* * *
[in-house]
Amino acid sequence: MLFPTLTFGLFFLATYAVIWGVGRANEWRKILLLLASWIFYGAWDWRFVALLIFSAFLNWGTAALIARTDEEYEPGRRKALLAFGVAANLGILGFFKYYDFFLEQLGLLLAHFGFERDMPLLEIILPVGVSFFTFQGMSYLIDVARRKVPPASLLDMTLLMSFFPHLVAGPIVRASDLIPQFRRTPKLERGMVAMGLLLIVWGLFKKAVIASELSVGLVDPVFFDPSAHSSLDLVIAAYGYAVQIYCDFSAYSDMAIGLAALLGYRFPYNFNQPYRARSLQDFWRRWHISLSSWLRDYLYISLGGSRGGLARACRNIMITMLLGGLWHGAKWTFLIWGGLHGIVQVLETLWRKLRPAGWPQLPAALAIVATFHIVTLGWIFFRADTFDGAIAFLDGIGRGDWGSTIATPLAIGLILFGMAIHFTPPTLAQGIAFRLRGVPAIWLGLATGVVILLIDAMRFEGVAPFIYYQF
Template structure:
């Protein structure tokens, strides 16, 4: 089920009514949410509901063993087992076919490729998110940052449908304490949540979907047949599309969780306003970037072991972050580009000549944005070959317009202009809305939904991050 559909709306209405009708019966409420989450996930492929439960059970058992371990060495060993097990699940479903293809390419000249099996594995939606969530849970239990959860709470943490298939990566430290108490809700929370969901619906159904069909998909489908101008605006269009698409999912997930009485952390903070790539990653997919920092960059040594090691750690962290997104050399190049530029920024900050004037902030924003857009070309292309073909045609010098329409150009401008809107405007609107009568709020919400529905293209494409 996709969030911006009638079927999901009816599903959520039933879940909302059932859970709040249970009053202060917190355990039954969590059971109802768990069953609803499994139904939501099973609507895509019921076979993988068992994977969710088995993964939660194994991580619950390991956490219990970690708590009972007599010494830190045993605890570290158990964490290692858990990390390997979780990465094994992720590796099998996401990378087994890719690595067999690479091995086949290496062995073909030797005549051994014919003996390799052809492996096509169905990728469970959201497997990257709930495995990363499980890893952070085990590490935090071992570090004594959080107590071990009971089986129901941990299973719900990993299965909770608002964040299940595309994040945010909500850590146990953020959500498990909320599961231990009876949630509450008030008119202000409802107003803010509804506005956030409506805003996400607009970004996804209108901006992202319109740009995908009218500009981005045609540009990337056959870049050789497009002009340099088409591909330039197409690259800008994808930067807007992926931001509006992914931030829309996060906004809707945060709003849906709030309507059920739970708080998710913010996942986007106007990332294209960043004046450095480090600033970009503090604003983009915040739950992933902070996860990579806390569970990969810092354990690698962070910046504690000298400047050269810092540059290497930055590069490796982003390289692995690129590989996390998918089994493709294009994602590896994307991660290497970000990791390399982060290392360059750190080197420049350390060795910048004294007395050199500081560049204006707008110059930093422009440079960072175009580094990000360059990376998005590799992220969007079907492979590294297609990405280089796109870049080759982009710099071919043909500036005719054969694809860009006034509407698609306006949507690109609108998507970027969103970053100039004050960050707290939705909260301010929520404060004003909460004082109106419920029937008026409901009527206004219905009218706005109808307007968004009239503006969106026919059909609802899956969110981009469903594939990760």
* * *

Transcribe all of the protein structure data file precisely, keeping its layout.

[in-house]
Amino acid sequence: MLFPTLTFGLFFLATYAVIWGVGRANEWRKILLLLASWIFYGAWDWRFVALLIFSAFLNWGTAALIARTDEEYEPGRRKALLAFGVAANLGILGFFKYYDFFLEQLGLLLAHFGFERDMPLLEIILPVGVSFFTFQGMSYLIDVARRKVPPASLLDMTLLMSFFPHLVAGPIVRASDLIPQFRRTPKLERGMVAMGLLLIVWGLFKKAVIASELSVGLVDPVFFDPSAHSSLDLVIAAYGYAVQIYCDFSAYSDMAIGLAALLGYRFPYNFNQPYRARSLQDFWRRWHISLSSWLRDYLYISLGGSRGGLARACRNIMITMLLGGLWHGAKWTFLIWGGLHGIVQVLETLWRKLRPAGWPQLPAALAIVATFHIVTLGWIFFRADTFDGAIAFLDGIGRGDWGSTIATPLAIGLILFGMAIHFTPPTLAQGIAFRLRGVPAIWLGLATGVVILLIDAMRFEGVAPFIYYQF
Template structure:
């Protein structure tokens, strides 16, 4: 089920009514949410509901063993087992076919490729998110940052449908304490949540979907047949599309969780306003970037072991972050580009000549944005070959317009202009809305939904991050 559909709306209405009708019966409420989450996930492929439960059970058992371990060495060993097990699940479903293809390419000249099996594995939606969530849970239990959860709470943490298939990566430290108490809700929370969901619906159904069909998909489908101008605006269009698409999912997930009485952390903070790539990653997919920092960059040594090691750690962290997104050399190049530029920024900050004037902030924003857009070309292309073909045609010098329409150009401008809107405007609107009568709020919400529905293209494409 996709969030911006009638079927999901009816599903959520039933879940909302059932859970709040249970009053202060917190355990039954969590059971109802768990069953609803499994139904939501099973609507895509019921076979993988068992994977969710088995993964939660194994991580619950390991956490219990970690708590009972007599010494830190045993605890570290158990964490290692858990990390390997979780990465094994992720590796099998996401990378087994890719690595067999690479091995086949290496062995073909030797005549051994014919003996390799052809492996096509169905990728469970959201497997990257709930495995990363499980890893952070085990590490935090071992570090004594959080107590071990009971089986129901941990299973719900990993299965909770608002964040299940595309994040945010909500850590146990953020959500498990909320599961231990009876949630509450008030008119202000409802107003803010509804506005956030409506805003996400607009970004996804209108901006992202319109740009995908009218500009981005045609540009990337056959870049050789497009002009340099088409591909330039197409690259800008994808930067807007992926931001509006992914931030829309996060906004809707945060709003849906709030309507059920739970708080998710913010996942986007106007990332294209960043004046450095480090600033970009503090604003983009915040739950992933902070996860990579806390569970990969810092354990690698962070910046504690000298400047050269810092540059290497930055590069490796982003390289692995690129590989996390998918089994493709294009994602590896994307991660290497970000990791390399982060290392360059750190080197420049350390060795910048004294007395050199500081560049204006707008110059930093422009440079960072175009580094990000360059990376998005590799992220969007079907492979590294297609990405280089796109870049080759982009710099071919043909500036005719054969694809860009006034509407698609306006949507690109609108998507970027969103970053100039004050960050707290939705909260301010929520404060004003909460004082109106419920029937008026409901009527206004219905009218706005109808307007968004009239503006969106026919059909609802899956969110981009469903594939990760």